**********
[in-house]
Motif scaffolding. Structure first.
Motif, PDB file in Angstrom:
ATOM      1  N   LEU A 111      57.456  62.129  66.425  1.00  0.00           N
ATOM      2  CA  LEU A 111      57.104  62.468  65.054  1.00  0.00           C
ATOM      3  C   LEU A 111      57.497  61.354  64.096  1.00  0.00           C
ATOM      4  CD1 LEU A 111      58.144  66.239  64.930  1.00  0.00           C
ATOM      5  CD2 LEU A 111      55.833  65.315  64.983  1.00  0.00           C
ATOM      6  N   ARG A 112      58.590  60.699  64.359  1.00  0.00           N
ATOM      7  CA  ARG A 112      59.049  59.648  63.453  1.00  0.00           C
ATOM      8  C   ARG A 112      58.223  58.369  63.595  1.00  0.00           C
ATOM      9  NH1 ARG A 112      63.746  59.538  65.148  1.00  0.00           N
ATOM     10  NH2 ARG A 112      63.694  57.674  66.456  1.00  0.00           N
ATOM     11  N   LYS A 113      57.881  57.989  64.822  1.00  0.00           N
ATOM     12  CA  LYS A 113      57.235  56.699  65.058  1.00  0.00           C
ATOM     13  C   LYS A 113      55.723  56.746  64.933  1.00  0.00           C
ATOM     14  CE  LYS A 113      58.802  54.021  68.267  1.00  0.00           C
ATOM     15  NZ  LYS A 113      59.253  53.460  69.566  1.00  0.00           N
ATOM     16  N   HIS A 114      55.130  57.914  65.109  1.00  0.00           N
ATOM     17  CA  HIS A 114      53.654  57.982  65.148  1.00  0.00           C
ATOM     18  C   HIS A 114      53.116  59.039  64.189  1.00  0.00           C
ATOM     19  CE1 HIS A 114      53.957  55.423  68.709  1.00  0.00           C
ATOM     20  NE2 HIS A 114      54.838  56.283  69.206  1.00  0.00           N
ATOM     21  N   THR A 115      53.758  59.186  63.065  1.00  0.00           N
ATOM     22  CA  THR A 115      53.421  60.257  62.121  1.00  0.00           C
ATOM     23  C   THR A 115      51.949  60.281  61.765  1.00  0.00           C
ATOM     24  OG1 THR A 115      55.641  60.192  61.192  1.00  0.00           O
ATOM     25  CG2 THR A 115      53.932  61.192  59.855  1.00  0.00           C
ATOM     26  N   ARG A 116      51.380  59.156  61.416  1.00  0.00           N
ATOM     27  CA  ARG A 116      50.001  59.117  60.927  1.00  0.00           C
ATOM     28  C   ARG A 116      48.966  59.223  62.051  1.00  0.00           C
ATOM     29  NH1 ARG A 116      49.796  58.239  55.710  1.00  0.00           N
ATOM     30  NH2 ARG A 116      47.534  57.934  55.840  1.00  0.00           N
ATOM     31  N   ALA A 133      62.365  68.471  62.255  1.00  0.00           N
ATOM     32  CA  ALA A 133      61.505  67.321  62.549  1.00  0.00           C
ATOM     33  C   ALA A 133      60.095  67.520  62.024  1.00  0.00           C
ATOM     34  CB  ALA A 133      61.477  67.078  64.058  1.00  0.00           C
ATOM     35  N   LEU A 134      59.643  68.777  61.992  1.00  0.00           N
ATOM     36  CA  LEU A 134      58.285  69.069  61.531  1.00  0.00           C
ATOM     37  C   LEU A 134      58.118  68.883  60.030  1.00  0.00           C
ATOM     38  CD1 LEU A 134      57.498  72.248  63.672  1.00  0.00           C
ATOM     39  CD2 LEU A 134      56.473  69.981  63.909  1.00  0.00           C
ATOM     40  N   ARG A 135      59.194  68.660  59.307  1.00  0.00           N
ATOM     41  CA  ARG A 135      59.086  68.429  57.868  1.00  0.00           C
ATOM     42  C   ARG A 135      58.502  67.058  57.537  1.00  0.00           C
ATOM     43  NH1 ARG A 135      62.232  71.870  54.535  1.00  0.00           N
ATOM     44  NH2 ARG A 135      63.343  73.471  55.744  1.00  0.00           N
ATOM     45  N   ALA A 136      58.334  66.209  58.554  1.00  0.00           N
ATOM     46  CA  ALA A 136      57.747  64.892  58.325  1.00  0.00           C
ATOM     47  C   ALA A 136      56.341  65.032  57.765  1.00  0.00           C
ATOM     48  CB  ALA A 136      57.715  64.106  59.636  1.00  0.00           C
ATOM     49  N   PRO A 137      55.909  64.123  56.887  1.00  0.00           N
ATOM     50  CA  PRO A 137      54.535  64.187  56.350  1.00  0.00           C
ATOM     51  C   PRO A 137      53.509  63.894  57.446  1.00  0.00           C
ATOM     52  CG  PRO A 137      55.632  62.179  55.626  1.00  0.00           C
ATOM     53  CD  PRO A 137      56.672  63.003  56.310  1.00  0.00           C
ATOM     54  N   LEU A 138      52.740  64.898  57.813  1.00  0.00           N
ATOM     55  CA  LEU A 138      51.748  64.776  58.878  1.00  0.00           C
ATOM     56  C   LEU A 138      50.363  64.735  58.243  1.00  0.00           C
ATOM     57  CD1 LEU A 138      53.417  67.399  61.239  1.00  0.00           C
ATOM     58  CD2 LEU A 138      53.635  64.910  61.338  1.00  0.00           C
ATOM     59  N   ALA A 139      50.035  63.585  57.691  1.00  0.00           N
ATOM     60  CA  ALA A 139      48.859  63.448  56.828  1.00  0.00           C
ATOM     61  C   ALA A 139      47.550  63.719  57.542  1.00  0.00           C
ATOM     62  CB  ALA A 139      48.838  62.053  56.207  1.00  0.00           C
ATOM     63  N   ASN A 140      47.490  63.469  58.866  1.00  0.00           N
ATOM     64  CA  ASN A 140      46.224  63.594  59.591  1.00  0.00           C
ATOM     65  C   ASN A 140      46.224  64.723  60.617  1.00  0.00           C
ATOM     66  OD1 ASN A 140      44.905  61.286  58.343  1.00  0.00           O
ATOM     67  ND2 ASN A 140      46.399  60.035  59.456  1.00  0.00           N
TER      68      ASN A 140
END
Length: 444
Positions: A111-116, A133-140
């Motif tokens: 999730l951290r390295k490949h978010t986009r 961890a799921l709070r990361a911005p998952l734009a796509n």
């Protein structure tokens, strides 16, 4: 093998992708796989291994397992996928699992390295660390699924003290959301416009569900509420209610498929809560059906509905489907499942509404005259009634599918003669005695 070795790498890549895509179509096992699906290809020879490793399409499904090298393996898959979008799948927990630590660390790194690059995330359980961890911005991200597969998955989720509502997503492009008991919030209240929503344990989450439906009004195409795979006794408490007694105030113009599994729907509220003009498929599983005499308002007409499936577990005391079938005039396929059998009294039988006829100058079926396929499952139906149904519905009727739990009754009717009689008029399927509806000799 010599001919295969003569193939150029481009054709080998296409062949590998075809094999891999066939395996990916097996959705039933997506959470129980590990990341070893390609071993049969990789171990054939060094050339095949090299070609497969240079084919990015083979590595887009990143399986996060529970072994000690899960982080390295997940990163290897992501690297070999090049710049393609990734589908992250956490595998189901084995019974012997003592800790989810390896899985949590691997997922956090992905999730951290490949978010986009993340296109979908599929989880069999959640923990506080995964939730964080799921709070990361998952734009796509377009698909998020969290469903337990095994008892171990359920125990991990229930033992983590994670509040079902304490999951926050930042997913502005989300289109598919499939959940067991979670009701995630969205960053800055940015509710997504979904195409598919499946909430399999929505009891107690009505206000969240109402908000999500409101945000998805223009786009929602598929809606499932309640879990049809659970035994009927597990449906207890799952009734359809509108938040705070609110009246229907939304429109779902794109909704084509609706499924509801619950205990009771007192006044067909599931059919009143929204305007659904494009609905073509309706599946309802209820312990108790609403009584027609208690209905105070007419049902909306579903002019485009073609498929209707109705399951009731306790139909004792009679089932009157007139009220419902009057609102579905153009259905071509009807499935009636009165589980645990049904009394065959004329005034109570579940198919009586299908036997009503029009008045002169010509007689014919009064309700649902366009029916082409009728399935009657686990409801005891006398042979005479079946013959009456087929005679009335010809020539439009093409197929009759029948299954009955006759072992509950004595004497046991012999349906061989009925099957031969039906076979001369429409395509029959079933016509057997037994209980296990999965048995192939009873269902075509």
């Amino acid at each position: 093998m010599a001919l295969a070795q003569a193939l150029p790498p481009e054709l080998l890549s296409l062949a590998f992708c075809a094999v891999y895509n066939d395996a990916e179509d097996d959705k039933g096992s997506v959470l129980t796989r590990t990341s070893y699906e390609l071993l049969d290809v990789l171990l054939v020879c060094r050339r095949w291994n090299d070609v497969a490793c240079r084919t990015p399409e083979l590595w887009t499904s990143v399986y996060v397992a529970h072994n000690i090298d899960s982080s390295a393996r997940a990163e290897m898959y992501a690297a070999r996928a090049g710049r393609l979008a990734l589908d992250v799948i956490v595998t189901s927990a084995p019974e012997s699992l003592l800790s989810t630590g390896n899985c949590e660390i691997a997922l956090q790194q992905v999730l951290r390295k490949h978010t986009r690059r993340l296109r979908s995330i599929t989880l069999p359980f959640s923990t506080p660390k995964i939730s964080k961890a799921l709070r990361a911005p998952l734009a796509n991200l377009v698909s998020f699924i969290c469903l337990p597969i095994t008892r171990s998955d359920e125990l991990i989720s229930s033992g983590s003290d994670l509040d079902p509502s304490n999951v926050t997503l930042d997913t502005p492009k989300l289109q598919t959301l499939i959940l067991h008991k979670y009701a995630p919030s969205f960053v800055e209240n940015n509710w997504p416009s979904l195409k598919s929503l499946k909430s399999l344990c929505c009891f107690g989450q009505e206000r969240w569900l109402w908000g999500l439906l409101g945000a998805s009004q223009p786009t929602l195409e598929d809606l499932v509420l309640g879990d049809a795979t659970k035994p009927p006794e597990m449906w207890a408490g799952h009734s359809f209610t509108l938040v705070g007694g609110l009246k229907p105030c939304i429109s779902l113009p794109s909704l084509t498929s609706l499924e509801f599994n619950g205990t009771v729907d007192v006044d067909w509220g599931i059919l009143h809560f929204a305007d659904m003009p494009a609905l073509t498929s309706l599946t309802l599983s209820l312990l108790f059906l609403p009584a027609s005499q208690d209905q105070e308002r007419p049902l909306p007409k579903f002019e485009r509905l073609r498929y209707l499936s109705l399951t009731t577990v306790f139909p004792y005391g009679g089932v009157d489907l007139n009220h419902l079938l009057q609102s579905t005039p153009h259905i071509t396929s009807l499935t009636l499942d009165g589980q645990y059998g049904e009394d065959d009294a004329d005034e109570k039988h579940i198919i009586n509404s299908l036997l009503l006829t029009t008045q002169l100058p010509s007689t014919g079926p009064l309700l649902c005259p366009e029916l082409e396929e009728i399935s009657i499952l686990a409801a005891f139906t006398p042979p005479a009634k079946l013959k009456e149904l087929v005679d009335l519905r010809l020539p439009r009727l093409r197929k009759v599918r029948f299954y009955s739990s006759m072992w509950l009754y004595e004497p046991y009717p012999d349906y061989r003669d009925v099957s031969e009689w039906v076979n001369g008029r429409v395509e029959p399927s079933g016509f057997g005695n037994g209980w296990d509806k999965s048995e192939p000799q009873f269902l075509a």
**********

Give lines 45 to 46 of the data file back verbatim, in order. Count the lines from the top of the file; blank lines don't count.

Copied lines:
ATOM     42  C   ARG A 135      58.502  67.058  57.537  1.00  0.00           C
ATOM     43  NH1 ARG A 135      62.232  71.870  54.535  1.00  0.00           N